SciCom & Partners’ Successful Scientific Session Proposals, ESOF 2018 Toulouse, 9 – 14 July.
This high-level panel bridges the 2017 launch of the Brussels Declaration (a unique, twenty-point blueprint for a new set of ethics & principles to inform work at the boundary between science, society and policy) to ongoing work towards its pan-African equivalent, the Cape Town Declaration to be launched at the World Science Forum 2021. The Brussels Declaration achieved over 50 million views in its first three months, making the case for a multi-disciplinary approach encouraging greater integrity and accountability among all stakeholders.
It brings together recommendations emanating from a series of 5 annual round-tables in which more than 350 individuals from 35 countries drafted concrete proposals and thought-leader papers. These were subject to further scrutiny during 25 symposia held at global conferences from 2012 – 2016, in which more than 3000 delegates examined their findings on ‘the science of science-policy-making’.
The Cape Town Africa-55 Process (2017 – 2021) takes a similar bottom-up approach involving the grass-roots with politicians, science advisers, chief scientific officers from industry, civil society leaders, medical doctors, social scientists, academics and science editors. Bringing their first findings for debate to ESOF, speakers aim to boost understanding of how power operates in science & society and explain why evidence plus dialogue rarely equals good decisions & laws.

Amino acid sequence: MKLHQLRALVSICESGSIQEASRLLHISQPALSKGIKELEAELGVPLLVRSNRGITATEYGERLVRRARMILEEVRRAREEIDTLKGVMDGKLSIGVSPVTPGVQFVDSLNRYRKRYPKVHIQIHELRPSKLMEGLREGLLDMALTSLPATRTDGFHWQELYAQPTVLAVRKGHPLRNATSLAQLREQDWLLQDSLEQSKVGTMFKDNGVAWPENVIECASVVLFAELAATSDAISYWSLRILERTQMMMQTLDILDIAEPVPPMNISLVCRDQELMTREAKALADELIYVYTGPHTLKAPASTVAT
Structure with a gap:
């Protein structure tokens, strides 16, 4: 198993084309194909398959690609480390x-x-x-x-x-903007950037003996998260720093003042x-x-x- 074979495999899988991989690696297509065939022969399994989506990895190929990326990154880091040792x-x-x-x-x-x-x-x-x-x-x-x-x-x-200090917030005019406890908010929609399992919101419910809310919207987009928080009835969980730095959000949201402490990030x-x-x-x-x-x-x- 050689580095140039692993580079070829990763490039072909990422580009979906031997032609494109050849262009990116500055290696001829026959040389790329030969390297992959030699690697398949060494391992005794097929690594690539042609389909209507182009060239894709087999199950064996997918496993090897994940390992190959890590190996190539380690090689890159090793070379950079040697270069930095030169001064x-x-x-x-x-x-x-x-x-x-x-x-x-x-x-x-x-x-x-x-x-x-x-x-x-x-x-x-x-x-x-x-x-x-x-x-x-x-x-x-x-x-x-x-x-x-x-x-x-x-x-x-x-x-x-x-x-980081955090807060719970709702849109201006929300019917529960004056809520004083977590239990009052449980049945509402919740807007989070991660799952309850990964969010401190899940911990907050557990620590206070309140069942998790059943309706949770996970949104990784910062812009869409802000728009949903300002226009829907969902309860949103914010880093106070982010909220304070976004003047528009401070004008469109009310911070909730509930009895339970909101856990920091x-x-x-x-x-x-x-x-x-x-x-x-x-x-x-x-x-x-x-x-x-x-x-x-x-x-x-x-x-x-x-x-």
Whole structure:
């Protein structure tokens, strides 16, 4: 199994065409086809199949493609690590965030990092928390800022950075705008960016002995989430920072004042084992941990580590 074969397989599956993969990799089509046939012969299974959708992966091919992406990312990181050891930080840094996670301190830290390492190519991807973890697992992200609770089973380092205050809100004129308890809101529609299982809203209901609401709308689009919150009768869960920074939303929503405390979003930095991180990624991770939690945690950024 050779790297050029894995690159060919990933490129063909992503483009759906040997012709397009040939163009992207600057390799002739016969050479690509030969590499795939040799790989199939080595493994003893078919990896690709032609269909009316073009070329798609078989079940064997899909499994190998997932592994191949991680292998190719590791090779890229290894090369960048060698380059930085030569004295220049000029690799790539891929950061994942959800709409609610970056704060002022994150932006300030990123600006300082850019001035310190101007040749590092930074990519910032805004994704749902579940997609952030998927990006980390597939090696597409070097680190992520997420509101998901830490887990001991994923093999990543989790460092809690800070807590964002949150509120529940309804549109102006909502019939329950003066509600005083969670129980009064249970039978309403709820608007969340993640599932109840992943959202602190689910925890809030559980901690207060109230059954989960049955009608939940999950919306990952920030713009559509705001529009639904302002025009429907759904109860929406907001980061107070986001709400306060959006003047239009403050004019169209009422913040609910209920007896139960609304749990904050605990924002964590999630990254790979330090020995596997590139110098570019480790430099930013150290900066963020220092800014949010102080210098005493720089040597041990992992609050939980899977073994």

They will argue that most policy decisions are informed by evidence provided by experts. All too often, who these experts are, how they are chosen and how reliable their advice really is, is open to question. The key to promoting public discourse, scientific clarity, policy implementation and ethical balance is not only greater transparency and scrutiny, but genuine inclusivity. Via real-life case-studies, this decadal-long joint panel will show that it is in all our interests that we benefit from ‘evidence-based policy-making’ rather than suffer ‘policy-biased evidence’.
Relevance of the selected approaches:
This timely and crucial debate will spotlight the significant positive shift taking place in local, national, regional and global policy-making, both in terms of public discourse, scientific evidence and policy implementation. From the perspective of ethical approaches towards fostering basic human dignity, greater stakeholder inclusion and overcoming gross access of influence inequalities, compassion for people and resolving their day-to-day problems must come before profit, before policy and certainly before peer-review. Nevertheless, much still needs to be done to challenge the way societies view policy-making and policy-makers and those who interact with them.
Co-organised by the Academy of Sciences of South Africa (ASSAf) & SciCom – Making Sense of Science.